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Energy Reform falls short

On November 28 2008, a legislative package referred to as the Energy Reform was enacted. Its primary purpose, as stated by the debates in Congress, is to strengthen the Mexican oil industry, headed by Petróleos Mexicanos (Pemex), a decentralised Mexican entity, and allow the industry to continue being a driver of the development of Mexico. The Energy Reform also includes attempts to regulate and promote the use of renewable energies.

The subject of Energy Reform has been widely debated in Mexico in recent years. It is fair to say that the resulting Energy Reform is the product of a highly charged and politicised process. However, contrary to initial expectations, consensus was reached in Congress. Calls made by Mexico's centre-left group to prevent privatisation of the state-controlled oil industry were strongly voiced and ultimately resulted in a reform that does not contemplate certain aspects initially proposed by the administration of President Calderón, such as opening certain activities to greater participation from private investors, and focuses more on administrative aspects of Pemex and on what is expected to be a new regime for renewable energies.

All activities relating to exploration, the production and refining of oil, other hydrocarbons and basic petrochemicals continue to be regulated activities that only Pemex, directly or through its subsidiary entities, may engage in directly. The newly enacted Ley de Petróleos Mexicanos (Law of Pemex) incorporates a special regime applicable to Pemex in connection with the corporate governance of Pemex, the financing and budget of that entity and the procurement of services and works from third parties. This new regime is intended to provide Pemex with enhanced flexibility in the performance of its objectives as stated by the law and to enhance accountability within Pemex and its subsidiary entities.

The Law of Pemex enacted new provisions that regulate the composition of the board of directors of Pemex and its subsidiary entities without ceding state control. Such provisions focus on setting out eligibility criteria based on professional experience regarding the appointment of individuals to such boards. The decision-making process in Pemex has also been revised: a number of committees have been created in an attempt to ensure greater transparency within Pemex and its subsidiary entities.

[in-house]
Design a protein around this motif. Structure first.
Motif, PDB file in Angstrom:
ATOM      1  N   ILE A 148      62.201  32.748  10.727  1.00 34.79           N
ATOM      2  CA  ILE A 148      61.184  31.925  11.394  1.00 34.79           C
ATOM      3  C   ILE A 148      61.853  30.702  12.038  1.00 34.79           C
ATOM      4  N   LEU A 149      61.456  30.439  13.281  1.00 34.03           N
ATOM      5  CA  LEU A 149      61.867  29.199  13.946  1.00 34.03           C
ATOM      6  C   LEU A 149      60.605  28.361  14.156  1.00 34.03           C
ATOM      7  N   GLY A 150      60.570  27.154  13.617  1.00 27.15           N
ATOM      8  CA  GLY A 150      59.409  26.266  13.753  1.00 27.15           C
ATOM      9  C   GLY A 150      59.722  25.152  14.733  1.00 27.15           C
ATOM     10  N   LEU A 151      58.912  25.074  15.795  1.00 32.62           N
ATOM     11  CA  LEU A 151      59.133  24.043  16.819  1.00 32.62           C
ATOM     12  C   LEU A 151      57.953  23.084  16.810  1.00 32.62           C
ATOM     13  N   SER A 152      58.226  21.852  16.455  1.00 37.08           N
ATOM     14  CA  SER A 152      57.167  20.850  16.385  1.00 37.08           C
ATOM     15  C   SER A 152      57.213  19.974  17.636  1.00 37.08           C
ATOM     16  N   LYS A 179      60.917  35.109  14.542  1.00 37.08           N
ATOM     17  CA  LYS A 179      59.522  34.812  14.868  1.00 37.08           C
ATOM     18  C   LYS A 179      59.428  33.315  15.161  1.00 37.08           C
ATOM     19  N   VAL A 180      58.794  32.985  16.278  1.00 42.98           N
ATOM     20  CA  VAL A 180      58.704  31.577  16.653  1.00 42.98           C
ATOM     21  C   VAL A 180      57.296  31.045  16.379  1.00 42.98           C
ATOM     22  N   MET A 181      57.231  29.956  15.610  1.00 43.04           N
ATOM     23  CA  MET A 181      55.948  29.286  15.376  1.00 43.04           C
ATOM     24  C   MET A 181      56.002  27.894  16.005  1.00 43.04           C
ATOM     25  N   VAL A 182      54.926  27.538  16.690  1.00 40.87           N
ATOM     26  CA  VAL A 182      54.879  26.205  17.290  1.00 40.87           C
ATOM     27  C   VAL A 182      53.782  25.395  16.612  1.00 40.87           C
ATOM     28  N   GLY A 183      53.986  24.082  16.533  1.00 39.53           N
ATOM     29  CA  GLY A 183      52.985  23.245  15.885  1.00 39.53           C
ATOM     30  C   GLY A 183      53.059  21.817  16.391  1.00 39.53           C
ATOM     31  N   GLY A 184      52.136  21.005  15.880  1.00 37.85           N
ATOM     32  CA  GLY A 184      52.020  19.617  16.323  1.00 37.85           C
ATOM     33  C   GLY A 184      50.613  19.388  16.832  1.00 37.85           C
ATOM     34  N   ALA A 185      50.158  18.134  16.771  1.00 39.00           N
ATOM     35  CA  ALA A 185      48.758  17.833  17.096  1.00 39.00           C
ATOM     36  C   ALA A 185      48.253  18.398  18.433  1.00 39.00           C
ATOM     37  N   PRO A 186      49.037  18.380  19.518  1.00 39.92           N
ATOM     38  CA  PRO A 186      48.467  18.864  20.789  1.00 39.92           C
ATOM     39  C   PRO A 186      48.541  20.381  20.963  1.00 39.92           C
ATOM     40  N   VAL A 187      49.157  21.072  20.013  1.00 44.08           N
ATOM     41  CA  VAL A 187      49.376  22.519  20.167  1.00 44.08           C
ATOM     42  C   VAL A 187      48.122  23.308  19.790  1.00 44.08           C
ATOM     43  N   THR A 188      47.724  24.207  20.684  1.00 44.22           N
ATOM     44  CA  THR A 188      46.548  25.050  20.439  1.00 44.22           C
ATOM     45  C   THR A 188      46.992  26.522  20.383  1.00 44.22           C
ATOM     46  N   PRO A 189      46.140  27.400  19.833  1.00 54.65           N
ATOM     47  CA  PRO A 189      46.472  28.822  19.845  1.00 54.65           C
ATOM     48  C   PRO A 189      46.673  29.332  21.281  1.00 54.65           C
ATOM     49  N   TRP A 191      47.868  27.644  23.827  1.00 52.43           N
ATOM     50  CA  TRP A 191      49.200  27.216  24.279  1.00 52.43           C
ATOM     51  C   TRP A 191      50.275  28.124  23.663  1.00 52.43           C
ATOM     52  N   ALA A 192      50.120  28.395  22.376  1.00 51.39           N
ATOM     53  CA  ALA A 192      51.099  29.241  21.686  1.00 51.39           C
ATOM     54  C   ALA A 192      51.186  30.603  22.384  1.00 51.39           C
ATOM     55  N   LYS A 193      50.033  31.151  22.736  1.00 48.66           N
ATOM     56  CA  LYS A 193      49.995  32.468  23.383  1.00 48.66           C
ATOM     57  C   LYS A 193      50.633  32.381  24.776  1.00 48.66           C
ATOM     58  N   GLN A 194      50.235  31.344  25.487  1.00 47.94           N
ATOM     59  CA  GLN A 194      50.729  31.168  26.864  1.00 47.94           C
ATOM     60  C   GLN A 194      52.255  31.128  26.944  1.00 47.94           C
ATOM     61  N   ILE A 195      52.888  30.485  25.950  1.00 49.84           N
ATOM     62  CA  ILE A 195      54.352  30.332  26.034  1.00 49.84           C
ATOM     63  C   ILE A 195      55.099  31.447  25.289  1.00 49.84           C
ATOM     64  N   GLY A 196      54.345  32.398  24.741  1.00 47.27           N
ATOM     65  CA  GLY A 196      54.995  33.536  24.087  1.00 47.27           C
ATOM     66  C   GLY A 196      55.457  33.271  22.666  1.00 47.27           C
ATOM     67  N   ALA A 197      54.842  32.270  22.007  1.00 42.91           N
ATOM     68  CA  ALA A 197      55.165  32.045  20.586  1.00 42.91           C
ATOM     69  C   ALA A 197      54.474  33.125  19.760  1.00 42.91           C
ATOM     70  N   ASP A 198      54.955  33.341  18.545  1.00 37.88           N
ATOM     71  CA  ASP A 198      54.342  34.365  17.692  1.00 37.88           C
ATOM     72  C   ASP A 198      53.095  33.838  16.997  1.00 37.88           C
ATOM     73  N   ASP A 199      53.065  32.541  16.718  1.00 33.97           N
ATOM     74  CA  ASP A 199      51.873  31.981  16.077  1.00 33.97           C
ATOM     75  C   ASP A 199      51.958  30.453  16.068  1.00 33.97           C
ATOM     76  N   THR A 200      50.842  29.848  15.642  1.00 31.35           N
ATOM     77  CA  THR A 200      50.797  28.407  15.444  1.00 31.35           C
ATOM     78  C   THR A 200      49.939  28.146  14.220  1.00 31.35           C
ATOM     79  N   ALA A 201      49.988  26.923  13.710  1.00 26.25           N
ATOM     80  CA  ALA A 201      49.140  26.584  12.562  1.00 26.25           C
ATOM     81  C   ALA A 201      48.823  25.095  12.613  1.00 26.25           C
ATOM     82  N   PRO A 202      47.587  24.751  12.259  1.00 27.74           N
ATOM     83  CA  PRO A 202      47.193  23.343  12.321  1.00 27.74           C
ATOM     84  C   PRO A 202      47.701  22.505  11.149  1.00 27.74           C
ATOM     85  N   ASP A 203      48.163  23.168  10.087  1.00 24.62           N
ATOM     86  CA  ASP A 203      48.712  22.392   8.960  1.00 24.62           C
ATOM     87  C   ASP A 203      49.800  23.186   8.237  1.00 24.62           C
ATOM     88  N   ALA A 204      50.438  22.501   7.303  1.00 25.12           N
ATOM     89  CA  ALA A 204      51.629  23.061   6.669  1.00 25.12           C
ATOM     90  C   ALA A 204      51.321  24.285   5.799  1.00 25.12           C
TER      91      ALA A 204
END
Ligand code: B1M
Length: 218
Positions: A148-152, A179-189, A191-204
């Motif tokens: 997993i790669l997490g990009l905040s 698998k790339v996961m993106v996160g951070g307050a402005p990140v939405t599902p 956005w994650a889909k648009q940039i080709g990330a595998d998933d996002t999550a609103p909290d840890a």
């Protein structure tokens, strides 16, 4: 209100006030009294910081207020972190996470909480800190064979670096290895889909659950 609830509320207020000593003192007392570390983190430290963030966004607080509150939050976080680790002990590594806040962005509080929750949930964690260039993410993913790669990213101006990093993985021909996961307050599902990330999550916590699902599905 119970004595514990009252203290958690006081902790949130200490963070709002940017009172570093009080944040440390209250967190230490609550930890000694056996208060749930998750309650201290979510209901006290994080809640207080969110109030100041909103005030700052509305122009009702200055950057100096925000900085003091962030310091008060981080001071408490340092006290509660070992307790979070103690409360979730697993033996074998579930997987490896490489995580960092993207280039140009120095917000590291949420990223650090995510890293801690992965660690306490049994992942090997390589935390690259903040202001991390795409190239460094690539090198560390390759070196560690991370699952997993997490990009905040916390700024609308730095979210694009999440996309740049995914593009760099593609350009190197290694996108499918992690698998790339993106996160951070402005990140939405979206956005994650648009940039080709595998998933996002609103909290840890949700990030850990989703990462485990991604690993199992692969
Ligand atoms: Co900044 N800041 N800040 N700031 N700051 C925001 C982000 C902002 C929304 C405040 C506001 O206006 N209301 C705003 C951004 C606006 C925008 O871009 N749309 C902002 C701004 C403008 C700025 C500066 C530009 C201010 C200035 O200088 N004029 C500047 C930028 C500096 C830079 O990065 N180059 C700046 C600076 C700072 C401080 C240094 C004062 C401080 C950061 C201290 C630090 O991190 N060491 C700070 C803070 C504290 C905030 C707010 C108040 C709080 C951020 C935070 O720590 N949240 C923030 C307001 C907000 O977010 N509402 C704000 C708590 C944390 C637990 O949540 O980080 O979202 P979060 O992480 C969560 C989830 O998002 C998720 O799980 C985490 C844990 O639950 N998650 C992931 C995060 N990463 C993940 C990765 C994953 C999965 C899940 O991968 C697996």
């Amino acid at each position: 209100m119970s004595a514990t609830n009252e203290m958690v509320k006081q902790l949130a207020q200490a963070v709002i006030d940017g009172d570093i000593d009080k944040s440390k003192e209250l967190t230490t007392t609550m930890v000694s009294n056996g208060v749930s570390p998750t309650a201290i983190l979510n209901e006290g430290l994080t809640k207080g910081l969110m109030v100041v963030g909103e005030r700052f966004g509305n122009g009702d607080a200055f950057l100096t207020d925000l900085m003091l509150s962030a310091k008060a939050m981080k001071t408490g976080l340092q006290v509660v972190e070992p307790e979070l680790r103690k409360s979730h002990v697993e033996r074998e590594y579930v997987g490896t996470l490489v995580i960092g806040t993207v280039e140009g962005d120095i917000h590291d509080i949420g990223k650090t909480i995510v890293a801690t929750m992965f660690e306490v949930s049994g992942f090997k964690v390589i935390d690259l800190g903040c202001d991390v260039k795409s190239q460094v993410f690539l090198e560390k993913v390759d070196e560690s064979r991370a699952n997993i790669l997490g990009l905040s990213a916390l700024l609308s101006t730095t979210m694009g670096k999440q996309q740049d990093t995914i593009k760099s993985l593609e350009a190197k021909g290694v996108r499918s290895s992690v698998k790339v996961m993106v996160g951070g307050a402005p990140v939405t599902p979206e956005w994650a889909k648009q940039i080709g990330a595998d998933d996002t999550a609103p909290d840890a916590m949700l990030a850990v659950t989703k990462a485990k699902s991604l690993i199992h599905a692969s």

Under the new provisions, the procurement of works and services in connection with the substantive and productive activities of Pemex will adhere to the provisions set forth in the Law of Pemex and not the general procurement laws of Mexico. The legal provisions still require that Pemex directs exploration activities carried out by its contractors. As a result, the risk (and associated costs) connected to the exploration and development of new fields has been retained by Pemex. However, contractors may be entitled to receive additional compensation if Pemex: (i) obtains savings by virtue of a reduction in the completion of works; (ii) becomes the owner or is benefited by new technologies provided by the contractor; or (iii) obtains higher profits and a better result from works or services as a result of circumstances attributable to the contractor, provided that the contractors will in no event be entitled to receive percentages on the value of sales or on the production of hydrocarbons. These additional compensations will be set forth expressly upon execution of the relevant contracts.

The Energy Reform also includes a new law pursuant to which the Comisión Nacional de Hidrocarburos is created in an attempt to regulate and supervise the exploration and production activities of Pemex. Insofar as Pemex retains the exploration and production monopoly in Mexico, it will remain to be seen whether this additional supervisory entity will serve its purpose of providing efficient checks and balances to the actions of Pemex by representing the interests of the Mexican nation as owner of the oil reserves.

Regarding renewable energies, the Energy Reform includes two newly enacted laws intended to promote the use of renewable energies in Mexico and to provide the sustainable use of all types of energy in Mexico. Both laws are based upon the implementation of broad programmes and strategies by the Federal Government and a few specific tools are provided, such as a fund for the development of renewable energies.

The newly enacted Energy Reform requires the issuance by the Federal Government of a number of regulations expanding on the provisions of the laws and setting forth the specific means for compliance with such laws. The regulations have not been issued to date, and are necessary to implement a significant portion of the Energy Reform, however, they may not contravene or exceed the limits of the laws being regulated.

The effectiveness of the Energy Reform will be better judged once the relevant regulations have been published by the Federal Government and some time has elapsed in order for such new provisions to be implemented, including the appointment of individuals to the newly formed offices provided by the Law of Pemex and their performance of their duties.

Thomas Mueller, Federico Santacruz and Jorge Oria

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